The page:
By Natalie Weber
Unlike COVID-19, remote audits aren’t unprecedented. Remote audits didn’t start with the pandemic, although it has forced more companies to use them than previously. At MasterControl, we’ve been doing remote audits for years for our international customers. It saves time and expense, and it’s every bit as effective as an in-person audit.
However, this is only true because we operate in a digital environment. Using a paper system would significantly hinder remote audits.
This is largely still the case. The difference between pre-pandemic remote audits and those of the “new normal” is the sheer number that are being done, in many cases by those who have never done them before. Doing a remote audit is difficult to wrap your head around if your audit usually requires scouring binders for paperwork and completing a site walk. Mastering remote audits now will be worth it even after the pandemic is over.
The more things change, the more they stay the same
How an audit is conducted has changed significantly. Why audits are conducted is exactly the same. Regulators or customers still want to see evidence that you maintain high-quality standards and conform to regulations. Quality departments should still have one set process for all remote audits and require a detailed audit scope and agenda. Mock remote audits are also important, especially when it comes to testing technology before an actual audit.
Speaking of technology, therein lies the vast majority of the changes. Just like in-person audits, remote audits revolve around documentation. It is possible to still conduct one if a company uses paper, but it’s much more difficult. Scanning documents and attaching them to emails or secure file sharing will give auditors the access they need. Much more efficient is an electronic quality management system (QMS) that allows digital control of documents. Not only does this kind of document control save time tracking down papers and files, it also can allow auditors limited access to the QMS.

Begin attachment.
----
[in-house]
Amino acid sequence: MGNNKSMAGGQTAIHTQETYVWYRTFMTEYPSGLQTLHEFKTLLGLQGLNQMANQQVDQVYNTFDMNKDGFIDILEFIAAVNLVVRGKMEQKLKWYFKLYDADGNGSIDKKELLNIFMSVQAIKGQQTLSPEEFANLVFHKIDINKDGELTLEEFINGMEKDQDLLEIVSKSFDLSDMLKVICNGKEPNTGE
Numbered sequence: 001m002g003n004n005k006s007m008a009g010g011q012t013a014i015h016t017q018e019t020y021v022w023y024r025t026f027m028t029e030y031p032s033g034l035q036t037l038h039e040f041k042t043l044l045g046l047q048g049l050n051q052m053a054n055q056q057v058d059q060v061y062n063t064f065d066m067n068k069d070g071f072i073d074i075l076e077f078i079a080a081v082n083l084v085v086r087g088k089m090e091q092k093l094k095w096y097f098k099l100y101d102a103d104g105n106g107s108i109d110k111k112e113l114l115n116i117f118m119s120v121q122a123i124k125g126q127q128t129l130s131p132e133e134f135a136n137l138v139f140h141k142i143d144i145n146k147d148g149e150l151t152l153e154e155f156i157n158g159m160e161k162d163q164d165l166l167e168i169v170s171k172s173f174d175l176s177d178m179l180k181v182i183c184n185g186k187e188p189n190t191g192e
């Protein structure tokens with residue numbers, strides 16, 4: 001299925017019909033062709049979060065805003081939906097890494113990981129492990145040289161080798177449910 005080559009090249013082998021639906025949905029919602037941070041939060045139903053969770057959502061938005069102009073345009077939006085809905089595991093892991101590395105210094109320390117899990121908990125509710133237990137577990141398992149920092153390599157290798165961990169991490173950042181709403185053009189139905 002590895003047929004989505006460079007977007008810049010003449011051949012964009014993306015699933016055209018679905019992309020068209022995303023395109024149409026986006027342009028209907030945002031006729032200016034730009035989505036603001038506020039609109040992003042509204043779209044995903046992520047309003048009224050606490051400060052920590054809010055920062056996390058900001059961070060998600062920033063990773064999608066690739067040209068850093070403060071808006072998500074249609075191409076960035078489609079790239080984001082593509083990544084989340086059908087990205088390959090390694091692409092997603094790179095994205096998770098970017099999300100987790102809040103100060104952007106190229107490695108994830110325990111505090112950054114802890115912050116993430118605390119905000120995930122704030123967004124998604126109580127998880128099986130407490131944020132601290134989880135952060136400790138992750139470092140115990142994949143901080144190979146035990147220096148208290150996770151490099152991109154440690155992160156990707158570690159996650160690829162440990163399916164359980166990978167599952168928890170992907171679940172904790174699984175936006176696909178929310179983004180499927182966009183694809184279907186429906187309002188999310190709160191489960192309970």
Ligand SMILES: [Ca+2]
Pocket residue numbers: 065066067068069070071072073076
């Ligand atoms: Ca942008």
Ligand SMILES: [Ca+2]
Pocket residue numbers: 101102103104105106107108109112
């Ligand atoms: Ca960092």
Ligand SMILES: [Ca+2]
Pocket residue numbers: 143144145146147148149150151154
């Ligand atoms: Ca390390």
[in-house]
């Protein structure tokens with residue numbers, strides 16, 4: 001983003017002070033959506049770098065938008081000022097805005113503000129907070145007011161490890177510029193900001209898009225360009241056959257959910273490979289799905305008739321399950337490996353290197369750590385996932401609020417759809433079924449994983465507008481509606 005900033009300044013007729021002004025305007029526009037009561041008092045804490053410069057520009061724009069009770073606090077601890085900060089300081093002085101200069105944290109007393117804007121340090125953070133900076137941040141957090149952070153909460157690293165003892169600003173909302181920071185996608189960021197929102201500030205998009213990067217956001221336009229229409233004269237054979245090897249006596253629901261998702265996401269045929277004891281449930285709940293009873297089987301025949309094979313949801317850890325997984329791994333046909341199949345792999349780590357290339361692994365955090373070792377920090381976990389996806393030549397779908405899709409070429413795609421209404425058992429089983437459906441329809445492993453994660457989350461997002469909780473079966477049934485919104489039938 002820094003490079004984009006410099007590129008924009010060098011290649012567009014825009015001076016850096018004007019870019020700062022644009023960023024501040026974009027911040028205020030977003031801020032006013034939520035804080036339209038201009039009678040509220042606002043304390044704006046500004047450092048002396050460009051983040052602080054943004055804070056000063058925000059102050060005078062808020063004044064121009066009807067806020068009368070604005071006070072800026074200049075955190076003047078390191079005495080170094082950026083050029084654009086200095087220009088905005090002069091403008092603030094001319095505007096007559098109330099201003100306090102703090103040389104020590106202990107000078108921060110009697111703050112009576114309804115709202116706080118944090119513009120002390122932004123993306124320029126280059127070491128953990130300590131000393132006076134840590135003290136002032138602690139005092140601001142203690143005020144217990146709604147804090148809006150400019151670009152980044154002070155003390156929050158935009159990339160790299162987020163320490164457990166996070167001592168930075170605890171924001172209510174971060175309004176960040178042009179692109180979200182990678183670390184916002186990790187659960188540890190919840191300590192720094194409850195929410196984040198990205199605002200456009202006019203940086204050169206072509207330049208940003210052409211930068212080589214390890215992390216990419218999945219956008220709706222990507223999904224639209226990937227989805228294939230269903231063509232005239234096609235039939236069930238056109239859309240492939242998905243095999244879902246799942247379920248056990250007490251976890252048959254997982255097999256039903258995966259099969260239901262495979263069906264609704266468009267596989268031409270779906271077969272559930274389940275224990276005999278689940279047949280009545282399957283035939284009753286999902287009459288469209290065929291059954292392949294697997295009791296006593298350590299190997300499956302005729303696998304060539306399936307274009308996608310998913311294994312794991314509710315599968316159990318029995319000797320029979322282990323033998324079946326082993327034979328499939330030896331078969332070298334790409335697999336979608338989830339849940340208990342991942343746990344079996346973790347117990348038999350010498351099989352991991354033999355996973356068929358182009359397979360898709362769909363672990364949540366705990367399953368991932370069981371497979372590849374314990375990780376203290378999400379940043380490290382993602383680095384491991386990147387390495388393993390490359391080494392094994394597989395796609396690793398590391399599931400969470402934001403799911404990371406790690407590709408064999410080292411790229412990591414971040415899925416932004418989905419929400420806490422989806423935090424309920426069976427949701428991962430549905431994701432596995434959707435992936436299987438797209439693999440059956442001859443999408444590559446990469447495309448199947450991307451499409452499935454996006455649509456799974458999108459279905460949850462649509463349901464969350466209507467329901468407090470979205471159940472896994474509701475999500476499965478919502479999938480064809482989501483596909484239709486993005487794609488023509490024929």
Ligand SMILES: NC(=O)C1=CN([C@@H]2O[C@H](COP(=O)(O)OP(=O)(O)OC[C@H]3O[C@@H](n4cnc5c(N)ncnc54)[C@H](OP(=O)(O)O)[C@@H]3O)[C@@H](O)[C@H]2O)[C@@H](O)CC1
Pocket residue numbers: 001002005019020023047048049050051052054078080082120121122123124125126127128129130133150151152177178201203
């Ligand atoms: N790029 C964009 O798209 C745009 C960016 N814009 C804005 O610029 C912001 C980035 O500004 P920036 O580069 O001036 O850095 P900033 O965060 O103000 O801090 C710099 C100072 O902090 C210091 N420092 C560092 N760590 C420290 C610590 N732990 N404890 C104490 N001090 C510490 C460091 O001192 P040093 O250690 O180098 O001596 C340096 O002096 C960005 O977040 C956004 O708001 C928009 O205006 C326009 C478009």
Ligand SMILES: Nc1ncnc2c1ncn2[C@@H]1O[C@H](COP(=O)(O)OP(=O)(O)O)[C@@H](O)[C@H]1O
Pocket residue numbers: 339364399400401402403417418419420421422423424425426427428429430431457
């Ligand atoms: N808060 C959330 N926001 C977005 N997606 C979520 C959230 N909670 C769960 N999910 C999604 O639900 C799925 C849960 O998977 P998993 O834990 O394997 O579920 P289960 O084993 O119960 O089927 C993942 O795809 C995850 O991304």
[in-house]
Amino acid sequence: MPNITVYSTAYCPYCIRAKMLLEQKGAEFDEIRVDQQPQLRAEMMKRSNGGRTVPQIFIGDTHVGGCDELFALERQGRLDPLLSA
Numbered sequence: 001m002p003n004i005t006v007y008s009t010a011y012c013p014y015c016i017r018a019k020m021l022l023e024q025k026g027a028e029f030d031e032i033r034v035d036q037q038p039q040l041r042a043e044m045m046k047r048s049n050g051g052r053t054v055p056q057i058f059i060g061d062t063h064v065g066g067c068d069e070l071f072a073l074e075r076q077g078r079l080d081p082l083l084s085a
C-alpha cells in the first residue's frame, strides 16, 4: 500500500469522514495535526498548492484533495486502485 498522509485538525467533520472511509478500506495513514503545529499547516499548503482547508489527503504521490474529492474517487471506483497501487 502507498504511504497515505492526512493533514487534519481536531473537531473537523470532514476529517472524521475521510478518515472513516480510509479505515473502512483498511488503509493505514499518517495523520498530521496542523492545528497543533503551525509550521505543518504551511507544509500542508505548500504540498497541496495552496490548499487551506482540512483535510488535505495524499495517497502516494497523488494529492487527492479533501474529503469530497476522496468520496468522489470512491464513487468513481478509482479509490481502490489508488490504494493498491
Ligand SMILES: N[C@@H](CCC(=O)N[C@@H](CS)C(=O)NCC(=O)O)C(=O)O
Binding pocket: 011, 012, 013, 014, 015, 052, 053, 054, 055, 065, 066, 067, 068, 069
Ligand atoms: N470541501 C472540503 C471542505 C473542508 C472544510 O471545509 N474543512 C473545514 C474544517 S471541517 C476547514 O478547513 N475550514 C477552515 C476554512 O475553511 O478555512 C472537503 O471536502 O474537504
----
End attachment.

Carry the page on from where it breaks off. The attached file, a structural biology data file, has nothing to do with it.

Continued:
Then there are the technical difficulties that come with a conference call. One of the worst times to have technical problems would be during the middle of an audit. To prepare, make sure IT is available during the call in case something goes wrong, that both parties agree on the platform to be used, and that the platform is secure. Do as much as you can beforehand to make the call as efficient as possible.
The remote audit itself
The actual audit still covers three basic areas: documentation, processes, and facilities.
- Documentation. A company that runs on an electronic QMS has pretty much won the remote audit battle. Remote audits can work to a company’s advantage if most or all of the requested documentation is provided beforehand. In this case, a company can authorize remote, limited access for an auditor. If the QMS doesn’t have this functionality, it’s still possible to find and export the necessary documentation. Rather than frantically hunting down documents when the auditor is on site, companies can compile and send them beforehand. This helps both sides by removing the time pressure from the hosting company and the auditor.
- Processes. It’s true you can’t exactly email your processes to an auditor. Or can you? That kind of depends on what the auditor is looking for. The auditor is interested in whether your company is following processes as dictated by procedures. Sometimes, this can be shown by records, which follow the same ease of transport as procedures. For processes that an auditor would normally watch, there are other options. Some remote audits use security cameras to observe processes, or test sessions may be recorded. Subject matter experts (SMEs) can also talk through processes and show evidence that procedures are being followed.
- Facilities. A focal point of audits is touring the facility. Fortunately, mobile devices are just that—mobile. This makes a tour fairly easy as long as the hosting company has a reliable internet connection. However, it does restrict the auditor’s view to what the person on site chooses to show. If the hosting company has a good audit record, the facility tour may simply be postponed. The necessity of a tour may also depend on the process or product being audited.